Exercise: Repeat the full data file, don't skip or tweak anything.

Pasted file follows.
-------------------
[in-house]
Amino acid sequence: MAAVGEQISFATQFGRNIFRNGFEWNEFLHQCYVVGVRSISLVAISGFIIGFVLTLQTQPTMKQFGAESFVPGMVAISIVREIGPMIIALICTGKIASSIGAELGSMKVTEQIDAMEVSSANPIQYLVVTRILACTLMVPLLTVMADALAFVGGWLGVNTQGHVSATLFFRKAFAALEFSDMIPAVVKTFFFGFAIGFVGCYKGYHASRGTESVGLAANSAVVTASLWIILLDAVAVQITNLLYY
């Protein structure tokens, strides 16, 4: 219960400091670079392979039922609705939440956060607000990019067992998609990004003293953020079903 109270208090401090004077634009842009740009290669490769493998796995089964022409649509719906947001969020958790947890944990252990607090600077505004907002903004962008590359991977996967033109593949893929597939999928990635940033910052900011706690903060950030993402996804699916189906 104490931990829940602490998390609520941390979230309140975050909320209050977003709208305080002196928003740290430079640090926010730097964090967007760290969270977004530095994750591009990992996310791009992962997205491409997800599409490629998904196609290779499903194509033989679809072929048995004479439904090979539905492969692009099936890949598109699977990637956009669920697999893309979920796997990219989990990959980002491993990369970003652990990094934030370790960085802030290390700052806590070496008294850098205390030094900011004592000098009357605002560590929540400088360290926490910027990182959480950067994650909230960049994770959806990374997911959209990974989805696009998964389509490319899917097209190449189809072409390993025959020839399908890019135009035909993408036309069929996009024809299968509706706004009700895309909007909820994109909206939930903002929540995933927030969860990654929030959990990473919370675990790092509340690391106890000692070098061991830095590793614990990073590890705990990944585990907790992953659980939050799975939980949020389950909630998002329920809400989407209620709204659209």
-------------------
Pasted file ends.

[in-house]
Amino acid sequence: MAAVGEQISFATQFGRNIFRNGFEWNEFLHQCYVVGVRSISLVAISGFIIGFVLTLQTQPTMKQFGAESFVPGMVAISIVREIGPMIIALICTGKIASSIGAELGSMKVTEQIDAMEVSSANPIQYLVVTRILACTLMVPLLTVMADALAFVGGWLGVNTQGHVSATLFFRKAFAALEFSDMIPAVVKTFFFGFAIGFVGCYKGYHASRGTESVGLAANSAVVTASLWIILLDAVAVQITNLLYY
């Protein structure tokens, strides 16, 4: 219960400091670079392979039922609705939440956060607000990019067992998609990004003293953020079903 109270208090401090004077634009842009740009290669490769493998796995089964022409649509719906947001969020958790947890944990252990607090600077505004907002903004962008590359991977996967033109593949893929597939999928990635940033910052900011706690903060950030993402996804699916189906 104490931990829940602490998390609520941390979230309140975050909320209050977003709208305080002196928003740290430079640090926010730097964090967007760290969270977004530095994750591009990992996310791009992962997205491409997800599409490629998904196609290779499903194509033989679809072929048995004479439904090979539905492969692009099936890949598109699977990637956009669920697999893309979920796997990219989990990959980002491993990369970003652990990094934030370790960085802030290390700052806590070496008294850098205390030094900011004592000098009357605002560590929540400088360290926490910027990182959480950067994650909230960049994770959806990374997911959209990974989805696009998964389509490319899917097209190449189809072409390993025959020839399908890019135009035909993408036309069929996009024809299968509706706004009700895309909007909820994109909206939930903002929540995933927030969860990654929030959990990473919370675990790092509340690391106890000692070098061991830095590793614990990073590890705990990944585990907790992953659980939050799975939980949020389950909630998002329920809400989407209620709204659209």